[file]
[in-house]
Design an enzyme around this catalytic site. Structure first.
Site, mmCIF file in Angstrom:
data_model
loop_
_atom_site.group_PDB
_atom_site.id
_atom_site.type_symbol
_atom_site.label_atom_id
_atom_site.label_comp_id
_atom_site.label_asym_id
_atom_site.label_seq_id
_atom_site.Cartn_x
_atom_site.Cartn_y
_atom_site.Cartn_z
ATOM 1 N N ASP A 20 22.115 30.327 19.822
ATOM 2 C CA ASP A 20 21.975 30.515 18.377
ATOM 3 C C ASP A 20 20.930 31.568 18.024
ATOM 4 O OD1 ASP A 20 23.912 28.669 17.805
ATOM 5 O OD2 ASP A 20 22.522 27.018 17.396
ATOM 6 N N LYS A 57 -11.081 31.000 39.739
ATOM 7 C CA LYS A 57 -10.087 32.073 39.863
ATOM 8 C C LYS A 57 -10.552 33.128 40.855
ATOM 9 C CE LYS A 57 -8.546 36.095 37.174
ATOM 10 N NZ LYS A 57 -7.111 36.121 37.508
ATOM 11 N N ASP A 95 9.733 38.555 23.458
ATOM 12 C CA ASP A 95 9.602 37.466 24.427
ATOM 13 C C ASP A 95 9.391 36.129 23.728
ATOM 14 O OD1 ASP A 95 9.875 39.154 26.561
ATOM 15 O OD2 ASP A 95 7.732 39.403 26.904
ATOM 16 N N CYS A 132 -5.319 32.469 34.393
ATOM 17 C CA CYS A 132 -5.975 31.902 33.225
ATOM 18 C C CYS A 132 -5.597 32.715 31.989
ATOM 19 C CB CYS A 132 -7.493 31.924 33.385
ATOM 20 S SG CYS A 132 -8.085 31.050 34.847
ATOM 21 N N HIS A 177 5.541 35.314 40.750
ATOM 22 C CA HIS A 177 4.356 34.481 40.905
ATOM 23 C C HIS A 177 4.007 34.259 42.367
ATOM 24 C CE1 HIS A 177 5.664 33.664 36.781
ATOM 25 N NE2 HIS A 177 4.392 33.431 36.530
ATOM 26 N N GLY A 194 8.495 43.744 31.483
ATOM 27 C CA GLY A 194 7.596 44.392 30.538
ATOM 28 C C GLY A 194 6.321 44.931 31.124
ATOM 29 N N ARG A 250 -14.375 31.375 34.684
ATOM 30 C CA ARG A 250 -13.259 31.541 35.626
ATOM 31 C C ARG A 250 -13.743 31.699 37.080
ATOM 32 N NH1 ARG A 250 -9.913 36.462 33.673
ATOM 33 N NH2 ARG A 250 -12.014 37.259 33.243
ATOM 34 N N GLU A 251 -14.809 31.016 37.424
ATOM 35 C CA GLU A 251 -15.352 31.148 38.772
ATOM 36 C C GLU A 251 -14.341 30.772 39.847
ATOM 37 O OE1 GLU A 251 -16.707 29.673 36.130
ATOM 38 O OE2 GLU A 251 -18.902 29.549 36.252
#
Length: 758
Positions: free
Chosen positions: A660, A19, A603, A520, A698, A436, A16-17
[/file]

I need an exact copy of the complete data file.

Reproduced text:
[in-house]
Design an enzyme around this catalytic site. Structure first.
Site, mmCIF file in Angstrom:
data_model
loop_
_atom_site.group_PDB
_atom_site.id
_atom_site.type_symbol
_atom_site.label_atom_id
_atom_site.label_comp_id
_atom_site.label_asym_id
_atom_site.label_seq_id
_atom_site.Cartn_x
_atom_site.Cartn_y
_atom_site.Cartn_z
ATOM 1 N N ASP A 20 22.115 30.327 19.822
ATOM 2 C CA ASP A 20 21.975 30.515 18.377
ATOM 3 C C ASP A 20 20.930 31.568 18.024
ATOM 4 O OD1 ASP A 20 23.912 28.669 17.805
ATOM 5 O OD2 ASP A 20 22.522 27.018 17.396
ATOM 6 N N LYS A 57 -11.081 31.000 39.739
ATOM 7 C CA LYS A 57 -10.087 32.073 39.863
ATOM 8 C C LYS A 57 -10.552 33.128 40.855
ATOM 9 C CE LYS A 57 -8.546 36.095 37.174
ATOM 10 N NZ LYS A 57 -7.111 36.121 37.508
ATOM 11 N N ASP A 95 9.733 38.555 23.458
ATOM 12 C CA ASP A 95 9.602 37.466 24.427
ATOM 13 C C ASP A 95 9.391 36.129 23.728
ATOM 14 O OD1 ASP A 95 9.875 39.154 26.561
ATOM 15 O OD2 ASP A 95 7.732 39.403 26.904
ATOM 16 N N CYS A 132 -5.319 32.469 34.393
ATOM 17 C CA CYS A 132 -5.975 31.902 33.225
ATOM 18 C C CYS A 132 -5.597 32.715 31.989
ATOM 19 C CB CYS A 132 -7.493 31.924 33.385
ATOM 20 S SG CYS A 132 -8.085 31.050 34.847
ATOM 21 N N HIS A 177 5.541 35.314 40.750
ATOM 22 C CA HIS A 177 4.356 34.481 40.905
ATOM 23 C C HIS A 177 4.007 34.259 42.367
ATOM 24 C CE1 HIS A 177 5.664 33.664 36.781
ATOM 25 N NE2 HIS A 177 4.392 33.431 36.530
ATOM 26 N N GLY A 194 8.495 43.744 31.483
ATOM 27 C CA GLY A 194 7.596 44.392 30.538
ATOM 28 C C GLY A 194 6.321 44.931 31.124
ATOM 29 N N ARG A 250 -14.375 31.375 34.684
ATOM 30 C CA ARG A 250 -13.259 31.541 35.626
ATOM 31 C C ARG A 250 -13.743 31.699 37.080
ATOM 32 N NH1 ARG A 250 -9.913 36.462 33.673
ATOM 33 N NH2 ARG A 250 -12.014 37.259 33.243
ATOM 34 N N GLU A 251 -14.809 31.016 37.424
ATOM 35 C CA GLU A 251 -15.352 31.148 38.772
ATOM 36 C C GLU A 251 -14.341 30.772 39.847
ATOM 37 O OE1 GLU A 251 -16.707 29.673 36.130
ATOM 38 O OE2 GLU A 251 -18.902 29.549 36.252
#
Length: 758
Positions: free
Chosen positions: A660, A19, A603, A520, A698, A436, A16-17